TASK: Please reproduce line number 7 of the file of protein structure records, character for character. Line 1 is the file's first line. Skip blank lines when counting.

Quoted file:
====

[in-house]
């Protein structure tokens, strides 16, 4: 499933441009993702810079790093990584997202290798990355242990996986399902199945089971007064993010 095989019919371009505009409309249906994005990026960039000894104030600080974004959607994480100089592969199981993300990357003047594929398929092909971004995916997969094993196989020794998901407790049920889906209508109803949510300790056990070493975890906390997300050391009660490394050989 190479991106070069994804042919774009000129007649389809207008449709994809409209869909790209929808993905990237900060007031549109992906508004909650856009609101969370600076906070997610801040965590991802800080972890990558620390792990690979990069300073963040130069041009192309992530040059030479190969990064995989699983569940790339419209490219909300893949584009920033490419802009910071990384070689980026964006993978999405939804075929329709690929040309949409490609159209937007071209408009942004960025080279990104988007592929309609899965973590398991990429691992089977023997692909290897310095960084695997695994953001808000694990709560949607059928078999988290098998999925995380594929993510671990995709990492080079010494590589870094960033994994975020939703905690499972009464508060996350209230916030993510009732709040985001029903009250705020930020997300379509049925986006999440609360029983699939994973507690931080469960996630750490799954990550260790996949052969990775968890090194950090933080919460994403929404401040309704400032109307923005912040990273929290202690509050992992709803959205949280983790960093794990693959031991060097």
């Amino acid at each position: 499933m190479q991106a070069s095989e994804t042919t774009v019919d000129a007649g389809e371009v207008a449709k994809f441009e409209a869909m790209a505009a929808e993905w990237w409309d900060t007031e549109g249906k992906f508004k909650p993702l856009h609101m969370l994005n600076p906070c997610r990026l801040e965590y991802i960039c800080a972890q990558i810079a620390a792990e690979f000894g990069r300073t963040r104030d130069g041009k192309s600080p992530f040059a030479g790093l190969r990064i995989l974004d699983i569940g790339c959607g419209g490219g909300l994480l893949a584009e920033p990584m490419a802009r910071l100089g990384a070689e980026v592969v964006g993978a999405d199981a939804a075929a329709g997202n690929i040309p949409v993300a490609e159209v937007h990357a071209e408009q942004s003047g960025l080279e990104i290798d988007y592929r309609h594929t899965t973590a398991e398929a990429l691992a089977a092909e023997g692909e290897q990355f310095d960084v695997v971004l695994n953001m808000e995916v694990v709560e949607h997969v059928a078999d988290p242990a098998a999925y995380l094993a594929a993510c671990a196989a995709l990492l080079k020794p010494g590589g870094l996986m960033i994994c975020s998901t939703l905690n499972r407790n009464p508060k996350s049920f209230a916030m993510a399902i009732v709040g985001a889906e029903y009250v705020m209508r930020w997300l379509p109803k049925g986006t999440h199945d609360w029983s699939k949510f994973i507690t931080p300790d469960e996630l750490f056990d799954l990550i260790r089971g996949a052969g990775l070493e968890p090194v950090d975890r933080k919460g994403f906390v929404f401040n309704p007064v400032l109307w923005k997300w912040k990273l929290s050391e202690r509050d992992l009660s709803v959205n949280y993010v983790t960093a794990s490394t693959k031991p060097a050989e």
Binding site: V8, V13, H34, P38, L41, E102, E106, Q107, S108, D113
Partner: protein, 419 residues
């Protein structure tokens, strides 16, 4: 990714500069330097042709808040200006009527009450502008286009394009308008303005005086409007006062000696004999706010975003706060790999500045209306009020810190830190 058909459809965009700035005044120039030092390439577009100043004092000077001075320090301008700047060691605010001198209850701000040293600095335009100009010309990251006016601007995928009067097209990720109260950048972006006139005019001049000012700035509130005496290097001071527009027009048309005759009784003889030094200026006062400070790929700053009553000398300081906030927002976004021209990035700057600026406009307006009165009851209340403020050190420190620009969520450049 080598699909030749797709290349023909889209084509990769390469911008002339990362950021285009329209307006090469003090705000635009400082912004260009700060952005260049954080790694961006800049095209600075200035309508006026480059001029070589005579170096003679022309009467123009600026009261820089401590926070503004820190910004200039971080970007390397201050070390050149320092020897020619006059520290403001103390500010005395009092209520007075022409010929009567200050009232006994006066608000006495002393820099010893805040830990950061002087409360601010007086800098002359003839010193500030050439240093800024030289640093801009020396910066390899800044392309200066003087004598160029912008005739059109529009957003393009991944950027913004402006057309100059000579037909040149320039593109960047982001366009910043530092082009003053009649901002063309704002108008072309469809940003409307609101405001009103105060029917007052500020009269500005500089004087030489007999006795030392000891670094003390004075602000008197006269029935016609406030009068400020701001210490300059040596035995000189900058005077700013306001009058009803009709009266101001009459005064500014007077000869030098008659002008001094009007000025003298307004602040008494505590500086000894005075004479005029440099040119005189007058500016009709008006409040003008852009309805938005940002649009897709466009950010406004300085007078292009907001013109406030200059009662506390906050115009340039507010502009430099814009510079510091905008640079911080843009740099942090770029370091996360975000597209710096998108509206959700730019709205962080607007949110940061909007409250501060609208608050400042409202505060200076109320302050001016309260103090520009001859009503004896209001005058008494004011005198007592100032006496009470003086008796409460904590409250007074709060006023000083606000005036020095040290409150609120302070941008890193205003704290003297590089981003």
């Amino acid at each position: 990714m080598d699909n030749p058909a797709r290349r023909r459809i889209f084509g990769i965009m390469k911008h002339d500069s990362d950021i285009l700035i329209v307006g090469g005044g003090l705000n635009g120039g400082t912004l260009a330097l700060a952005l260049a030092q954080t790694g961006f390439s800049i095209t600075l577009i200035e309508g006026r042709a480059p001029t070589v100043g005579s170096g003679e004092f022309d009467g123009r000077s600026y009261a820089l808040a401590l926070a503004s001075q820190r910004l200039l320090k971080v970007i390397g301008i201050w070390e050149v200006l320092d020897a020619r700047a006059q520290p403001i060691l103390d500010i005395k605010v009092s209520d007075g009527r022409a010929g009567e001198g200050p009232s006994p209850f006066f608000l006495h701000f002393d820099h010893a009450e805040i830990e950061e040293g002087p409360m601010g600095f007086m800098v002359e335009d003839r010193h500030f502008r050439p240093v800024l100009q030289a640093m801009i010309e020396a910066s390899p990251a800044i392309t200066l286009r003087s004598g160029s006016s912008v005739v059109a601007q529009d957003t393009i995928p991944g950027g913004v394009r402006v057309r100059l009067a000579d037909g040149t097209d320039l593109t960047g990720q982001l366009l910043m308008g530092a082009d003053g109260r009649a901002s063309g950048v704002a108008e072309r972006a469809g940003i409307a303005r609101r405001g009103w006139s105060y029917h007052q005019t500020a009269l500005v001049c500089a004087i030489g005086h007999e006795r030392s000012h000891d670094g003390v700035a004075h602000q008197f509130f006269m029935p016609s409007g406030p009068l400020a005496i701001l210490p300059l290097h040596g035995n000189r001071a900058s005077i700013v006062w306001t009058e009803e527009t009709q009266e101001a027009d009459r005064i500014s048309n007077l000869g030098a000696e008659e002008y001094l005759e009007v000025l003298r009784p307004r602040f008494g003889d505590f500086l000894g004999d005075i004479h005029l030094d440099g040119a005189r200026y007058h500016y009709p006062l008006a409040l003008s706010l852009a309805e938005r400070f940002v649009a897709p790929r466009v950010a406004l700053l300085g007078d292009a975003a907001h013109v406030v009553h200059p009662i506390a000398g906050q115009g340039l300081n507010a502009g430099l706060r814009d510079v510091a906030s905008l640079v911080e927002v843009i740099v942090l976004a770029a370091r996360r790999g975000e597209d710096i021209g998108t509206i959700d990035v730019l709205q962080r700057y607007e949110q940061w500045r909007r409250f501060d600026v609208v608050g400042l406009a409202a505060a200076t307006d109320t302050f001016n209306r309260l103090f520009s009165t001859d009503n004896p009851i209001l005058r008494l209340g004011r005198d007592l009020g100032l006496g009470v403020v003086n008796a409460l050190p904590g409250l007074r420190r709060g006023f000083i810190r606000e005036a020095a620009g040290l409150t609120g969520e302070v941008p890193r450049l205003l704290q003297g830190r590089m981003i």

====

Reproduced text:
């Amino acid at each position: 990714m080598d699909n030749p058909a797709r290349r023909r459809i889209f084509g990769i965009m390469k911008h002339d500069s990362d950021i285009l700035i329209v307006g090469g005044g003090l705000n635009g120039g400082t912004l260009a330097l700060a952005l260049a030092q954080t790694g961006f390439s800049i095209t600075l577009i200035e309508g006026r042709a480059p001029t070589v100043g005579s170096g003679e004092f022309d009467g123009r000077s600026y009261a820089l808040a401590l926070a503004s001075q820190r910004l200039l320090k971080v970007i390397g301008i201050w070390e050149v200006l320092d020897a020619r700047a006059q520290p403001i060691l103390d500010i005395k605010v009092s209520d007075g009527r022409a010929g009567e001198g200050p009232s006994p209850f006066f608000l006495h701000f002393d820099h010893a009450e805040i830990e950061e040293g002087p409360m601010g600095f007086m800098v002359e335009d003839r010193h500030f502008r050439p240093v800024l100009q030289a640093m801009i010309e020396a910066s390899p990251a800044i392309t200066l286009r003087s004598g160029s006016s912008v005739v059109a601007q529009d957003t393009i995928p991944g950027g913004v394009r402006v057309r100059l009067a000579d037909g040149t097209d320039l593109t960047g990720q982001l366009l910043m308008g530092a082009d003053g109260r009649a901002s063309g950048v704002a108008e072309r972006a469809g940003i409307a303005r609101r405001g009103w006139s105060y029917h007052q005019t500020a009269l500005v001049c500089a004087i030489g005086h007999e006795r030392s000012h000891d670094g003390v700035a004075h602000q008197f509130f006269m029935p016609s409007g406030p009068l400020a005496i701001l210490p300059l290097h040596g035995n000189r001071a900058s005077i700013v006062w306001t009058e009803e527009t009709q009266e101001a027009d009459r005064i500014s048309n007077l000869g030098a000696e008659e002008y001094l005759e009007v000025l003298r009784p307004r602040f008494g003889d505590f500086l000894g004999d005075i004479h005029l030094d440099g040119a005189r200026y007058h500016y009709p006062l008006a409040l003008s706010l852009a309805e938005r400070f940002v649009a897709p790929r466009v950010a406004l700053l300085g007078d292009a975003a907001h013109v406030v009553h200059p009662i506390a000398g906050q115009g340039l300081n507010a502009g430099l706060r814009d510079v510091a906030s905008l640079v911080e927002v843009i740099v942090l976004a770029a370091r996360r790999g975000e597209d710096i021209g998108t509206i959700d990035v730019l709205q962080r700057y607007e949110q940061w500045r909007r409250f501060d600026v609208v608050g400042l406009a409202a505060a200076t307006d109320t302050f001016n209306r309260l103090f520009s009165t001859d009503n004896p009851i209001l005058r008494l209340g004011r005198d007592l009020g100032l006496g009470v403020v003086n008796a409460l050190p904590g409250l007074r420190r709060g006023f000083i810190r606000e005036a020095a620009g040290l409150t609120g969520e302070v941008p890193r450049l205003l704290q003297g830190r590089m981003i």